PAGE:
Community Protection

By admin November 25, 2022

Written by Chaz-Mykl Gormley Photo by Armanda Geneyro

An Article from WARTIME Issue No. 4

What does the protection of a community look like, in action? 

The world we live in operates off of rules and regulations, codes of conduct, and parameters that dictate how groups and individuals interact with one another. If we view our communities as organizations that live and breathe, simultaneously thriving or failing due to the actions of the people that reside inside of them, would that help us to better understand how they must be maintained? Historically, there have always been entities that existed in neighborhoods and communities that made the safety and well-being of the residents a priority. 

Shortly after the founding of the Black Panther Party, two high school students, Raymond Washington and Stanley Williams created the CRIPS, an organization that at one time stood for
“Community Restoration In Progress” and “Community Resources for Independent People.” Originally established in response to the harassment and terrorization that they experienced at the hands of white police officers and their grade school peers, the children of families who fled the Jim Crow south during the Great Migration found refuge in organizing in response to a threat and found strength in unity. However, without a proper code of conduct and rules for these new street fraternities to abide by, the collective power and organization of groups such as the CRIPS and BLOODS gave rise to rivalries and violence that persist until this very day.

True community protection has always come from the interior, from those who reside within the community making the preservation and defense of it their highest priority. In New York City, the Shomrim have existed in Jewish communities of various boroughs since the late seventies, providing patrols of their respective neighborhoods in an effort to prevent and deter crime. In Mexico, numerous Grupos de Autodefensas (self-defense groups) and Policia Comunitaria (community police) were founded in response to narco-trafficking and cartel violence. Throughout the world, communities composed of people who share cultural identifiers, whether it’s race, religion, or creed have made the defense of their community a matter of great importance – so what are we waiting for?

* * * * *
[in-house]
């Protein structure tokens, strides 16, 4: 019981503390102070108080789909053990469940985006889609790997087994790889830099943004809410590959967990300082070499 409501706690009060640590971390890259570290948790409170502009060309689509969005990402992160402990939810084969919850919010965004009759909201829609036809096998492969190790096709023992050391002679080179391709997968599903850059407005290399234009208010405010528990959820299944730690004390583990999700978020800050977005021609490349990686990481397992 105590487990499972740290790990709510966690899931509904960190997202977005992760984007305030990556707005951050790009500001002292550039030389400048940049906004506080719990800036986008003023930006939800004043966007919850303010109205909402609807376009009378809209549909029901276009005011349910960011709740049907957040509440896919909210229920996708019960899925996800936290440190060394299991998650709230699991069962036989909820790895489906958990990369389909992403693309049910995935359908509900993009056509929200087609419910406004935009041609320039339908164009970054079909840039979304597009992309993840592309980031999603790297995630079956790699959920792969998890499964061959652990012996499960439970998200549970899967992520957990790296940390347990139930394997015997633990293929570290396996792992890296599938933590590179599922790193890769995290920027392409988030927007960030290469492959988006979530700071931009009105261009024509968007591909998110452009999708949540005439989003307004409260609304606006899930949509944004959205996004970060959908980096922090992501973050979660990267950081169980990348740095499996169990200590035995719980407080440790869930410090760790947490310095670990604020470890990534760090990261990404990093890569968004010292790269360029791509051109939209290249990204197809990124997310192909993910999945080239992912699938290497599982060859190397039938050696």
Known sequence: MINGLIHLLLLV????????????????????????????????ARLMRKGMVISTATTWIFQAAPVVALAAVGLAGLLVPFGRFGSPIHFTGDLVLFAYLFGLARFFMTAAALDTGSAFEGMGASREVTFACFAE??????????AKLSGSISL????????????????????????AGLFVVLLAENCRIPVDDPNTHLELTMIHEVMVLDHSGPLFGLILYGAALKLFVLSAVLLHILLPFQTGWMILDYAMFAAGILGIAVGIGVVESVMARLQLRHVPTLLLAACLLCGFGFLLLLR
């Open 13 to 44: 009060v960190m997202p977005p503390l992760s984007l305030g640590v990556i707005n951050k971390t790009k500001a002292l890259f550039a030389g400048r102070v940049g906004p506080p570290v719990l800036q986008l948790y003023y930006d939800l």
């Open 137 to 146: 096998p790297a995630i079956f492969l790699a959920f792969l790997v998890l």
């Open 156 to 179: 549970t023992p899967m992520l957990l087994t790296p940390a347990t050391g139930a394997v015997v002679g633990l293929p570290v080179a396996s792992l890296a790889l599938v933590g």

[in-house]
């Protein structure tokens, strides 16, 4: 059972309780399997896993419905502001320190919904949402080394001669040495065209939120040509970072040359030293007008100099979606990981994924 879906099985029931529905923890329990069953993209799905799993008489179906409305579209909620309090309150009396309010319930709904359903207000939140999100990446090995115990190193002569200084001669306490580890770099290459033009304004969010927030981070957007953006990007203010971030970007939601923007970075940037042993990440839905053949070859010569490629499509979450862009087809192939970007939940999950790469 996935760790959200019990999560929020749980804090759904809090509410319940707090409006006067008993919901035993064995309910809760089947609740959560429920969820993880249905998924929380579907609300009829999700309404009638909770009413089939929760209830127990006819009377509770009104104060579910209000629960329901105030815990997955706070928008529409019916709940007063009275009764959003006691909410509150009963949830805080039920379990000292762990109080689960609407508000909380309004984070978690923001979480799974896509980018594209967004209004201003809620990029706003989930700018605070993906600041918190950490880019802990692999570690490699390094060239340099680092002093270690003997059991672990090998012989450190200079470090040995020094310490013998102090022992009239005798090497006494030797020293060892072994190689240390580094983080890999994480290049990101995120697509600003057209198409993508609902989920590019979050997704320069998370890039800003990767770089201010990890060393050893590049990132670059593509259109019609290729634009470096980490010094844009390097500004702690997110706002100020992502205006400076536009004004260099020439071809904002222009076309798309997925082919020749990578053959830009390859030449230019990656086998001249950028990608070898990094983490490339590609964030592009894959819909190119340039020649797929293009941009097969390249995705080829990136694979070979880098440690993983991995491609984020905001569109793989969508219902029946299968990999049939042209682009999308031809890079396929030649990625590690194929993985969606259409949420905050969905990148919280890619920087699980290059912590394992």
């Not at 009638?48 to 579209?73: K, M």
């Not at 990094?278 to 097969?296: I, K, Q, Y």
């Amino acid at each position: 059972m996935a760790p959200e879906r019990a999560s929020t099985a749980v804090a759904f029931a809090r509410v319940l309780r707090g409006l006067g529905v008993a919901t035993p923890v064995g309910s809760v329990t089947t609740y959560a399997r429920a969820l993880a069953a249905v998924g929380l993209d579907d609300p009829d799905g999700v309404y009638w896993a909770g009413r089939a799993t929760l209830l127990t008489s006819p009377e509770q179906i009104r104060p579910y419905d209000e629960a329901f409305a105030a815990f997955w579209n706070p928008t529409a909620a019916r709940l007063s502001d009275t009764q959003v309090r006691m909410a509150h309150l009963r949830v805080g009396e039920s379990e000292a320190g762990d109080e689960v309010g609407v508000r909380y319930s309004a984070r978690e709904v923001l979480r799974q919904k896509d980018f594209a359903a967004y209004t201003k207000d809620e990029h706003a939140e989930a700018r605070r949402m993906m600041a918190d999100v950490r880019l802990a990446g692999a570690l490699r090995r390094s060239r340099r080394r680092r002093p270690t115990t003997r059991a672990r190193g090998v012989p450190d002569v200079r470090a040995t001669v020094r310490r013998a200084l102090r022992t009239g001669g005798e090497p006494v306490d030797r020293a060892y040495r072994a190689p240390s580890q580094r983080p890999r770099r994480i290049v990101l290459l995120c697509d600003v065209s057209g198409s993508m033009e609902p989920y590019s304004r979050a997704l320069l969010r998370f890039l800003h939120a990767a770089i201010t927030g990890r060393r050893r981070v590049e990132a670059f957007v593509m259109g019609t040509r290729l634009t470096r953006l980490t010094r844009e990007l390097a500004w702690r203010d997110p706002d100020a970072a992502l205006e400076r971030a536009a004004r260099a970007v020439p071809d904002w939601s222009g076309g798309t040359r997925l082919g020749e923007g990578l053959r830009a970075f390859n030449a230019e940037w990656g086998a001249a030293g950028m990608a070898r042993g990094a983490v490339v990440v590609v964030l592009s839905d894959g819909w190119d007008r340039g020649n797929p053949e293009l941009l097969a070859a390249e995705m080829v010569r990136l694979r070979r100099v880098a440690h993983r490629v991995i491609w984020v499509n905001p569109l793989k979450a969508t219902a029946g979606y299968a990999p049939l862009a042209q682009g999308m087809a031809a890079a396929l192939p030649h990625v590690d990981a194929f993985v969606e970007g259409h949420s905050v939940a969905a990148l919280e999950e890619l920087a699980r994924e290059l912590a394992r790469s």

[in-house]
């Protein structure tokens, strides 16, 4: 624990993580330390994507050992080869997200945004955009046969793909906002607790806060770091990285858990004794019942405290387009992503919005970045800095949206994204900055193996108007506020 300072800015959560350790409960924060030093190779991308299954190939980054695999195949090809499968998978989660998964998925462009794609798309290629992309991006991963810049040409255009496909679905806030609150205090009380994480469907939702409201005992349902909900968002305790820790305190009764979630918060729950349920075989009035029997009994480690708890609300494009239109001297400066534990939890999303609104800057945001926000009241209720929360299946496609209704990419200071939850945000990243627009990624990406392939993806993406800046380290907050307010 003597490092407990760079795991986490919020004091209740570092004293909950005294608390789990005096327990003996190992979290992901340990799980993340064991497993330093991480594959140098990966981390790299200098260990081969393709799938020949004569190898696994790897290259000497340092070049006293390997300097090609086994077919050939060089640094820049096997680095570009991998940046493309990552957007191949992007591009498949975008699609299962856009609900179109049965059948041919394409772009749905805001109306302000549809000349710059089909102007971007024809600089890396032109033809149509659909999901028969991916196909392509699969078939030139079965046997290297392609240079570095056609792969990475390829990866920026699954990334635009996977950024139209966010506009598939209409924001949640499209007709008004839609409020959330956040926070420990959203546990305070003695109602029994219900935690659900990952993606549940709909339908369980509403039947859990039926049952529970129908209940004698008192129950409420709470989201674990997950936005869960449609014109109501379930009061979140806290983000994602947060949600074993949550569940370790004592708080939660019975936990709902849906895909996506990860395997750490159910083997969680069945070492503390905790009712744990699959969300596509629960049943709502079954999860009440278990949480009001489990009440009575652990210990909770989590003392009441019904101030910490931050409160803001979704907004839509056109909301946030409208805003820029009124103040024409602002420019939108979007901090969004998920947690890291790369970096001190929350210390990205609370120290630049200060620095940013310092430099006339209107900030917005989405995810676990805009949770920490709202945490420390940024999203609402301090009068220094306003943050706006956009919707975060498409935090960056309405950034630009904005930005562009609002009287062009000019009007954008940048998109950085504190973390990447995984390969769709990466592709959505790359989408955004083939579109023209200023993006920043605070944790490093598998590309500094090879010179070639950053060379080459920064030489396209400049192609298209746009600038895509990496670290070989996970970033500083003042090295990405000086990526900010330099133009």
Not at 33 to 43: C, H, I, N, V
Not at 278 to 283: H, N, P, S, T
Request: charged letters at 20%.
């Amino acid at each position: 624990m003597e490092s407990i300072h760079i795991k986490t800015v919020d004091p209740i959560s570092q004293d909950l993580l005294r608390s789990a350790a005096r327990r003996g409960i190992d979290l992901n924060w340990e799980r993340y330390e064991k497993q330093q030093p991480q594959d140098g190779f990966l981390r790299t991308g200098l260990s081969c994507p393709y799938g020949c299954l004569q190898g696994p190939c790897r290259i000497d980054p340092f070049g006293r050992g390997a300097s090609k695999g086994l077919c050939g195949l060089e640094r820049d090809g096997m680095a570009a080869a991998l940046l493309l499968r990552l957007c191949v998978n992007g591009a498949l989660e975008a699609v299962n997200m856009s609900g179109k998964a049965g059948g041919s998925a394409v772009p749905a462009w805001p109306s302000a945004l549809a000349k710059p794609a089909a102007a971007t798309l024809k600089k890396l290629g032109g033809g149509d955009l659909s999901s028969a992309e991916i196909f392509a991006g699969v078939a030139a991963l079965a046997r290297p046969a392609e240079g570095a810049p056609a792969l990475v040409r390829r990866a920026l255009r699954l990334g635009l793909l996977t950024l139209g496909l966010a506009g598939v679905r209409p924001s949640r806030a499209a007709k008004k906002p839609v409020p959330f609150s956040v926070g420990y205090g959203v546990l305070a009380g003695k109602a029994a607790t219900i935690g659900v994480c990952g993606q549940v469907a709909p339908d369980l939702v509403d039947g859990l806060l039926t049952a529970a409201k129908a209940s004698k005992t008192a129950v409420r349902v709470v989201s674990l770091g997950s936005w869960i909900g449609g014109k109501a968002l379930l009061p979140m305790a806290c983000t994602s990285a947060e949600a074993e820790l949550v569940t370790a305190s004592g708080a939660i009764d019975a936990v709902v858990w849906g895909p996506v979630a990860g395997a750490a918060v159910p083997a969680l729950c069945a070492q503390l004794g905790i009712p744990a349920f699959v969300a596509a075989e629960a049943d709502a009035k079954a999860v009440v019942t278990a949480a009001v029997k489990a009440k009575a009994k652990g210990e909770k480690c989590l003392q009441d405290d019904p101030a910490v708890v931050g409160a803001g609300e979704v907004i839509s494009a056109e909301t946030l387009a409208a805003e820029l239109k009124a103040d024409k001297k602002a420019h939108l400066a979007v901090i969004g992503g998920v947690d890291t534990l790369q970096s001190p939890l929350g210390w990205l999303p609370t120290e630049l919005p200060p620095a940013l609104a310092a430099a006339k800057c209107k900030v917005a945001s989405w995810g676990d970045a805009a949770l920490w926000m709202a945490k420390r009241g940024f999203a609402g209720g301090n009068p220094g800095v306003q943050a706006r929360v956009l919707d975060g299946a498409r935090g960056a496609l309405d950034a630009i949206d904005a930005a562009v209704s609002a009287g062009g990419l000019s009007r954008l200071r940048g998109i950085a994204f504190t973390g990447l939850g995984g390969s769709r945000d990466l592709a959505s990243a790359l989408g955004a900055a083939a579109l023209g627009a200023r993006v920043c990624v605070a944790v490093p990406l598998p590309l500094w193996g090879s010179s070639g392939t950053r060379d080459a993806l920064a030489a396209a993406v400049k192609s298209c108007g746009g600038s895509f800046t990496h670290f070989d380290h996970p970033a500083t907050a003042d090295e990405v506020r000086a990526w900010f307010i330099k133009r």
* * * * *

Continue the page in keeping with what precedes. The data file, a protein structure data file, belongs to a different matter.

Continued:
Black communities across America have very similar experiences regardless of time zone or region. Law enforcement agencies, both local and federal, have terrorized our neighborhoods for decades. Food deserts exist in the majority of our inner cities, contributing to poor eating habits and health disparities that have impacted generations. Joblessness, unemployment, and recidivism rates continue to make members of our community statistics in the prison pipeline. We can very easily point out the issues that our communities face, but continue to fail at providing our own solutions to these problems. Relying on government agencies to create remedies for the problems that exist in our communities leads to further systemic abuses that we must then attempt to also stymie. If we take history into account, learning from our collective anecdotal experiences and empirical evidence, it becomes quite obvious that any worthwhile solutions must come from within.

Community protection is the result of organizing in response to common issues and/or enemies. The street fraternities and organizations that exist in many of our communities were founded on these very principles. Unfortunately, the path chosen by most of these groups is rooted in the crime, death, and destruction that continues to cripple the very neighborhoods and communities they reside in. Without guidelines, rules of engagement, and a clear understanding of who the true enemies are internally and externally for Black communities, we will continue to need protection from the organizations and individuals who were once capable of providing the protection and safety we are so desperately seeking.